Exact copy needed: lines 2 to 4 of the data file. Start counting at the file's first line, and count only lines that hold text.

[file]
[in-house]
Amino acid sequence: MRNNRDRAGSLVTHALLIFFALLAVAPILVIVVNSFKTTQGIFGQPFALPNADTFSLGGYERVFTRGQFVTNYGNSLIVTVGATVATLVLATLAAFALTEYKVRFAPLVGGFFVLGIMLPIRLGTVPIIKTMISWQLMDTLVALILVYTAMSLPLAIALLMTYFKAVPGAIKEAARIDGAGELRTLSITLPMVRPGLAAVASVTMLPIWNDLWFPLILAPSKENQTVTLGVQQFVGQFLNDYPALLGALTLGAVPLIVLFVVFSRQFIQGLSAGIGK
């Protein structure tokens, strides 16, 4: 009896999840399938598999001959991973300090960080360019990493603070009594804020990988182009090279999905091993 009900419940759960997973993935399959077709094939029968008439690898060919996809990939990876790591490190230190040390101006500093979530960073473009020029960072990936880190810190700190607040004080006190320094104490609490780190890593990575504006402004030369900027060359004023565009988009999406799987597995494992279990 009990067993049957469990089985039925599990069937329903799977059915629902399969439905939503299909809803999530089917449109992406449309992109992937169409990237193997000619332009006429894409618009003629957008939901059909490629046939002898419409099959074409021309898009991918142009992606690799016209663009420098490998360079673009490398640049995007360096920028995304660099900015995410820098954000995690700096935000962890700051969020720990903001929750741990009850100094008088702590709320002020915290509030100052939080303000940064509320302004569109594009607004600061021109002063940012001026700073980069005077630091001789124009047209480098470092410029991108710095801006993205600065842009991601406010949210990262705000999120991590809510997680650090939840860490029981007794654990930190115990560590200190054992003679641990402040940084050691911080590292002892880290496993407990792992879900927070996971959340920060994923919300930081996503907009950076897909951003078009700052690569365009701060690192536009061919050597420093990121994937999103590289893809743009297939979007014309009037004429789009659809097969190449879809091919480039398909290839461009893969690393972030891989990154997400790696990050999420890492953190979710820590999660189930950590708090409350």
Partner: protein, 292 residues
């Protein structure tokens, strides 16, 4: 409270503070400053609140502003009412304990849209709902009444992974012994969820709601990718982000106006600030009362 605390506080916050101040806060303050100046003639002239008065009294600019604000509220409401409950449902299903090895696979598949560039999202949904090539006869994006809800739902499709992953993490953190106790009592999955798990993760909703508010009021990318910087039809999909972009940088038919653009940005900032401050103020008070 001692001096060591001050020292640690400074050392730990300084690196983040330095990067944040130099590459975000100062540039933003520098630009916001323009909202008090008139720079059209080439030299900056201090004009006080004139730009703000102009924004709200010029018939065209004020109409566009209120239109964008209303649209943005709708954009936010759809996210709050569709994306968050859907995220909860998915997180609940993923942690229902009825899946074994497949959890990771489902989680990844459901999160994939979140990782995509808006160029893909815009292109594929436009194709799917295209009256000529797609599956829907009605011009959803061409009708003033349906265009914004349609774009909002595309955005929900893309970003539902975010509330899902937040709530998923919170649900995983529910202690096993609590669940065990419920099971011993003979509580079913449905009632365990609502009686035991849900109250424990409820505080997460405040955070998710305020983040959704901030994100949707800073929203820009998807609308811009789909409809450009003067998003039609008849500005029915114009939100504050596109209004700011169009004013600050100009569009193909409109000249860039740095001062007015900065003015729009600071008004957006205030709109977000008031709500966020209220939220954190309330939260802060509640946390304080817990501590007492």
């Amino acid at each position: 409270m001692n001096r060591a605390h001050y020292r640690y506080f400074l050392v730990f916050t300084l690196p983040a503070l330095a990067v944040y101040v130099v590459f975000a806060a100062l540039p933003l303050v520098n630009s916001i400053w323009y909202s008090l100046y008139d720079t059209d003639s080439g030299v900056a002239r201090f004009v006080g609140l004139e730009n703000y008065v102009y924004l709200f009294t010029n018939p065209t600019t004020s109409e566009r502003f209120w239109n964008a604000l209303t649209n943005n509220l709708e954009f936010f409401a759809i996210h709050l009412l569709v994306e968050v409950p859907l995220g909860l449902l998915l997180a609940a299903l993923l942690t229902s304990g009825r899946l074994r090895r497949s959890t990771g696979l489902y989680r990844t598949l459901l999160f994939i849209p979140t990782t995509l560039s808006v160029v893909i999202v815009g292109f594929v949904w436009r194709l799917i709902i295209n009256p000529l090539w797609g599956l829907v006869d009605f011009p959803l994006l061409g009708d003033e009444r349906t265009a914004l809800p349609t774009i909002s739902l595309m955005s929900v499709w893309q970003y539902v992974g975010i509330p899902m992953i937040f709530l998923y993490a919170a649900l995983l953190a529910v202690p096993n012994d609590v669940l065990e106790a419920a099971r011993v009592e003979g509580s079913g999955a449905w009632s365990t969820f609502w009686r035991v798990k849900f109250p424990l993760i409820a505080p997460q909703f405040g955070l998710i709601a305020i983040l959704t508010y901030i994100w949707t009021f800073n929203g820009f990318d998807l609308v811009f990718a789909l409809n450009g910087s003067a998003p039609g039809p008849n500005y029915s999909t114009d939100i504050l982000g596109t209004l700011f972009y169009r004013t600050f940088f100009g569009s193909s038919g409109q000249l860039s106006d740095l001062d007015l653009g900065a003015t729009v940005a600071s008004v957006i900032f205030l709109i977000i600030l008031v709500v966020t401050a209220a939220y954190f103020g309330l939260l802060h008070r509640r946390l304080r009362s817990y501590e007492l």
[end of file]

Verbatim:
Amino acid sequence: MRNNRDRAGSLVTHALLIFFALLAVAPILVIVVNSFKTTQGIFGQPFALPNADTFSLGGYERVFTRGQFVTNYGNSLIVTVGATVATLVLATLAAFALTEYKVRFAPLVGGFFVLGIMLPIRLGTVPIIKTMISWQLMDTLVALILVYTAMSLPLAIALLMTYFKAVPGAIKEAARIDGAGELRTLSITLPMVRPGLAAVASVTMLPIWNDLWFPLILAPSKENQTVTLGVQQFVGQFLNDYPALLGALTLGAVPLIVLFVVFSRQFIQGLSAGIGK
């Protein structure tokens, strides 16, 4: 009896999840399938598999001959991973300090960080360019990493603070009594804020990988182009090279999905091993 009900419940759960997973993935399959077709094939029968008439690898060919996809990939990876790591490190230190040390101006500093979530960073473009020029960072990936880190810190700190607040004080006190320094104490609490780190890593990575504006402004030369900027060359004023565009988009999406799987597995494992279990 009990067993049957469990089985039925599990069937329903799977059915629902399969439905939503299909809803999530089917449109992406449309992109992937169409990237193997000619332009006429894409618009003629957008939901059909490629046939002898419409099959074409021309898009991918142009992606690799016209663009420098490998360079673009490398640049995007360096920028995304660099900015995410820098954000995690700096935000962890700051969020720990903001929750741990009850100094008088702590709320002020915290509030100052939080303000940064509320302004569109594009607004600061021109002063940012001026700073980069005077630091001789124009047209480098470092410029991108710095801006993205600065842009991601406010949210990262705000999120991590809510997680650090939840860490029981007794654990930190115990560590200190054992003679641990402040940084050691911080590292002892880290496993407990792992879900927070996971959340920060994923919300930081996503907009950076897909951003078009700052690569365009701060690192536009061919050597420093990121994937999103590289893809743009297939979007014309009037004429789009659809097969190449879809091919480039398909290839461009893969690393972030891989990154997400790696990050999420890492953190979710820590999660189930950590708090409350």
Partner: protein, 292 residues